Below you can find more links to succeed in content marketing, with seven frameworks that can help you in building a content marketing program and more.

Addressing customer questions and pain points as a content marketing strategy
A great way to succeed with content marketing is by responding to customer questions and customer pain points in a smart way. It works for smaller companies and “simple” buying journeys but also for more complex situations. Furthermore, there is ample room for differentiation, even if at first sight the approach seems easy to replicate. Read more about it here.
What does it take to succeed in content marketing?
To succeed, content marketing requires integration and collaboration. Content marketing success depends on a specific degree of “content marketing maturity“. While not all business want or need to grow in that maturity model, each stage requires the ability to work across silos, integrate, plan and collaborate. This article explains why. Check it out.
Frameworks for smart content marketing programs
There are tons of models and frameworks to develop a content marketing strategy or plan. They all have their own approaches. The reason for that is simple: each business and each content marketing strategy is different. We bundled some of time, providing again more tips. Check them out.
Content marketing strategy, content formats and changing buyers
The customer journey has changed: more touchpoints, more control and choice, more channels and information, you name it. One of the elements in a content marketing strategy is analyzing the needs and preferences of different target audiences (using personas or other ways to segment content) and finding the overlap with your brand. The so-called sweet spots. An overview and some models to do it + tips to pick the formats for your audiences and strategy. More.
Content marketing maturity models and roadmaps
Content marketing maturity models and roadmaps are about more than benchmarking and assessments. A staged content marketing approach, following your content marketing maturity track, helps in taking actions now for tomorrow, see clearer and even get the budgets today to get buy-in for a full-fledged content marketing plan tomorrow. Read why and how.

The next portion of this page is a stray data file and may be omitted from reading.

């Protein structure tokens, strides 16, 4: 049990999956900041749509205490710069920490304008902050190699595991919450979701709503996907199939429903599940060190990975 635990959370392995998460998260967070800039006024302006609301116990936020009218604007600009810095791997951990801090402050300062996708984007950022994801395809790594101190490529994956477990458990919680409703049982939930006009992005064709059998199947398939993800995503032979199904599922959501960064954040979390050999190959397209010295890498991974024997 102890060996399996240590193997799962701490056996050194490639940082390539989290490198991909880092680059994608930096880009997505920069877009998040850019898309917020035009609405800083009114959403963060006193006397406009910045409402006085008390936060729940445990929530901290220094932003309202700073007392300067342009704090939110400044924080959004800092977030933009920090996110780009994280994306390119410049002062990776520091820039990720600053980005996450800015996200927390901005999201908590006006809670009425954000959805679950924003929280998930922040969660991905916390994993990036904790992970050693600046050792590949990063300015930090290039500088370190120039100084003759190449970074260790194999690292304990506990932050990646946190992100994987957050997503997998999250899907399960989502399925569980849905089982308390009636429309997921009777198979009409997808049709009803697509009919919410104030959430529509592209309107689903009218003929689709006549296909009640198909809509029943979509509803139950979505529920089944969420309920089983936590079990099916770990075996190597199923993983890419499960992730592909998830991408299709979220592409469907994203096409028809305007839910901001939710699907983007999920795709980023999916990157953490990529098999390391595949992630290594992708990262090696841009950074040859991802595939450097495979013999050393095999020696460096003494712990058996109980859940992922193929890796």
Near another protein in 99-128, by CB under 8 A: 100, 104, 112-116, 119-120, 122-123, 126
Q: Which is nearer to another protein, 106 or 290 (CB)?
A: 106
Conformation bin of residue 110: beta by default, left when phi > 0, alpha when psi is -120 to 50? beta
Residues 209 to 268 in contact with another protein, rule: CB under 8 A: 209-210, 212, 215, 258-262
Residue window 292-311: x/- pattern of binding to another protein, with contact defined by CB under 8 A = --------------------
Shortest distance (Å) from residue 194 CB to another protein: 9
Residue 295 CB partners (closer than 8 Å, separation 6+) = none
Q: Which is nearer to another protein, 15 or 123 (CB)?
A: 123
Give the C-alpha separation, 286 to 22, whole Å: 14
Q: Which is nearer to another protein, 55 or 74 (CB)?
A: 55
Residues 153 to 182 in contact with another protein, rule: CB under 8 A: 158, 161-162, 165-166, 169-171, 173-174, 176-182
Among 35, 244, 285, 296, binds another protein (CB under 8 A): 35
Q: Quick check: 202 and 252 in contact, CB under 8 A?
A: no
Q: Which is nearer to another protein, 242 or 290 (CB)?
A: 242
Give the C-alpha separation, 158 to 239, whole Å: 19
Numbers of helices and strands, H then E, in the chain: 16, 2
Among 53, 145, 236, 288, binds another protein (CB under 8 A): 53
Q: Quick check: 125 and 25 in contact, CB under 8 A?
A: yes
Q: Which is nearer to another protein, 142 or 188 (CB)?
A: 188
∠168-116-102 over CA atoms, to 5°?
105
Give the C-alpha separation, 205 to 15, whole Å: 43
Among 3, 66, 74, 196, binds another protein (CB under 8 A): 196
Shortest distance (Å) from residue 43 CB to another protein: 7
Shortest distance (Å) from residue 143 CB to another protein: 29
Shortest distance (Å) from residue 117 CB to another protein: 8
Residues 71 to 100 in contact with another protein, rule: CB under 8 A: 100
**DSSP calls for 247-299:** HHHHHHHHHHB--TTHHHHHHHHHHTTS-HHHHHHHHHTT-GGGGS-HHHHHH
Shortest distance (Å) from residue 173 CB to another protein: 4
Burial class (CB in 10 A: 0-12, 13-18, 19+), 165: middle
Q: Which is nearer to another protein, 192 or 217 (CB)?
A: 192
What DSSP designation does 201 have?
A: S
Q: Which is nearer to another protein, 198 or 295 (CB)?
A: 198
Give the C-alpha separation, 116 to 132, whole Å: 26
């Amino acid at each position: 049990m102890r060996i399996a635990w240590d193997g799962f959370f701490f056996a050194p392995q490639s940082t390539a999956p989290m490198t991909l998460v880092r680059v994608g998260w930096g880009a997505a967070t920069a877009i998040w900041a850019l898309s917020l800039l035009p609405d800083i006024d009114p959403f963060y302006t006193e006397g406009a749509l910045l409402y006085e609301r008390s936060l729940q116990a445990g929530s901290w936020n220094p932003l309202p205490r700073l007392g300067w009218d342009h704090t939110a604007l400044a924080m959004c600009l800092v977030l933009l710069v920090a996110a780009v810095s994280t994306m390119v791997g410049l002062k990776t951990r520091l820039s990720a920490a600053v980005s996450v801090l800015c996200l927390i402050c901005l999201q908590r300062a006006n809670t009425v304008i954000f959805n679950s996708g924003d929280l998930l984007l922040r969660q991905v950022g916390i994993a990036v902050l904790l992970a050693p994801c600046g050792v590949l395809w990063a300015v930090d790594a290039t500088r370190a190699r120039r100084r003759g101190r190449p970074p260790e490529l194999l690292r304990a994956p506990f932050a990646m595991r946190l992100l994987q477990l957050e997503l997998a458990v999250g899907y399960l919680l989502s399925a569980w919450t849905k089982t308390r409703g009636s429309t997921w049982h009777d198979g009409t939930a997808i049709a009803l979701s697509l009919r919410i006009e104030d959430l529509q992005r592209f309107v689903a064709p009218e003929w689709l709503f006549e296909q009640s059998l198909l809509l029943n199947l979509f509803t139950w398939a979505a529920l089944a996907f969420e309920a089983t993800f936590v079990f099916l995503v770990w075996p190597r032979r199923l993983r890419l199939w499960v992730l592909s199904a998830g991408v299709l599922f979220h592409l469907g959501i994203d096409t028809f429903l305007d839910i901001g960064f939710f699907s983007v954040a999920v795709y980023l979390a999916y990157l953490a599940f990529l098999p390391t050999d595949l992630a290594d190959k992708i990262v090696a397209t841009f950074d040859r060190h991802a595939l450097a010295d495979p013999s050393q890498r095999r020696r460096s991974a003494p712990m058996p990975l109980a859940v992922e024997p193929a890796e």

An integrated content marketing approach
This is a must-read in the context of content marketing, integration, customer-centricity) the need to focus on customer experiences and the role of content marketing in the broader picture. Based on a keynote presentation and an interview with Mike Corak, one of the speakers at our Content Marketing Conference. Everything on integrated content marketing. Check it out.
Content marketing strategy and audience segmentation
One of the steps in a content marketing strategy is correlating business goals with target audiences. This audience segmentation is most often done using buyer personas. There are also other models, for instance in storytelling some like to work with archetypes. We made an overview of several persona models. Note that some people also work with specific content marketing persona attributes. However, if you want an overview to start with, check this out.
Content marketing strategy beyond the first degree(s): value chains
People are connected. To understand what the so-called connected consumer needs and/or values, you need to understand his networks. This isn’t just about social media and the crucial involvement of social listening and the connected consumer in your content marketing strategy. It’s also about channel enablement, understanding the customers of your target audiences (internal and external) to serve them better and get more success. More advanced but crucial. Check it out.

One customer-centric success approach to content marketing is “being the best answer where customers are looking” as Lee Odden explains in this video made at our Content Marketing Conference 2014.

Creating a content marketing culture: identifying, capturing, managing and governing

content-managementWhen you start using content marketing in a strategic and systematic way, you need to get several people on board, including various employees. Furthermore, organizations often have lots of content sitting in siloed systems and in the heads of their employees.